HMV: Revival of the top dog
HMV, established in 1921, has long been the leading UK high street retailer in the music and video market. The company, with the slogan “top dog for music”, had an edge over other entertainment retailers with exciting in-store events, huge back-catalogs, and backing from the music and film industry. However, following a period of revenue decline and profit losses, the company found itself on the brink of collapse, officially going into administration in January 2013. In April 2013, Hilco UK announced that it had acquired HMV and subsequently embarked on a strategy to turn the company around. This case study looks at HMV in the early days, analyzes the problems that led to its near collapse, and examines how the business has been revived following the Hilco purchase.
Looks at the rise of HMV and the reasons for its subsequent decline into administration.
Examines the market conditions that impacted the company.
Looks at the acquisition of HMV following administration.
Examines the new methods employed by HMV to turn the company around.
Reasons To Buy
Why did HMV fall into difficulty?
What factors led to administration?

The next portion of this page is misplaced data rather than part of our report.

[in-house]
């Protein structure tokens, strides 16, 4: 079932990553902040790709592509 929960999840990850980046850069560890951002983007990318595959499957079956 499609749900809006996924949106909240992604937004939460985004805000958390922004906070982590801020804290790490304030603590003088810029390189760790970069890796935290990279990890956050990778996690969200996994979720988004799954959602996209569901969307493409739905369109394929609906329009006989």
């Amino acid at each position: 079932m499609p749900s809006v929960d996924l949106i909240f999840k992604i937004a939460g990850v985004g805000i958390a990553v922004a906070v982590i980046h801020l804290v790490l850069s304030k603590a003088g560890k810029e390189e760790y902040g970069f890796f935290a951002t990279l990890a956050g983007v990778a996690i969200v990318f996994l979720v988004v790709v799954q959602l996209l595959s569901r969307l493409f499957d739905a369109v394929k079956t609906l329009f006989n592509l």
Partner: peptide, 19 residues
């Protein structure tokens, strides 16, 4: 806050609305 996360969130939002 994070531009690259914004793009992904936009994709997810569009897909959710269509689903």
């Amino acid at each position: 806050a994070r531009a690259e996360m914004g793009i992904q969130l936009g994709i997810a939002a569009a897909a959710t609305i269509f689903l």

What new strategies have been employed?
How successful has HMV been in staging a turnaround?
The rapid growth of DVD sales in the UK in the early 2000s helped to propel the growth of HMV, with the retail chain accounting for around 30% of the UK DVD market by the end of 2003. During the same year, the company was the market leader in music sales, accounting for over 25% of the UK market. HMV’s market share of both music and video continued to increase in 2004. However, for the first time in the autumn of 2005 these trends reached a plateau, with HMV losing market share in the UK to supermarkets and internet retailers.
Amid declining sales and mounting debt, HMV struggled to recover and officially went into administration in January 2013. The advent of digital technologies, increased price competition from mass merchandisers, and weakened supplier links coupled with a failure to react quickly and sufficiently enough, spelled disaster for the company.
On 5th April 2013 Hilco UK announced that it had acquired HMV, saving 141 HMV stores and taking the company out of administration. The company has gone on to stage a comeback, with profits reaching almost GBP17m ($26m) just 11 months after it was on the edge of collapse. The company’s strategy has involved effectively going back to its roots, with a renewed focus on in-store events, rebuilding links with the music industry, and increasing footfall in its stores to drive sales.
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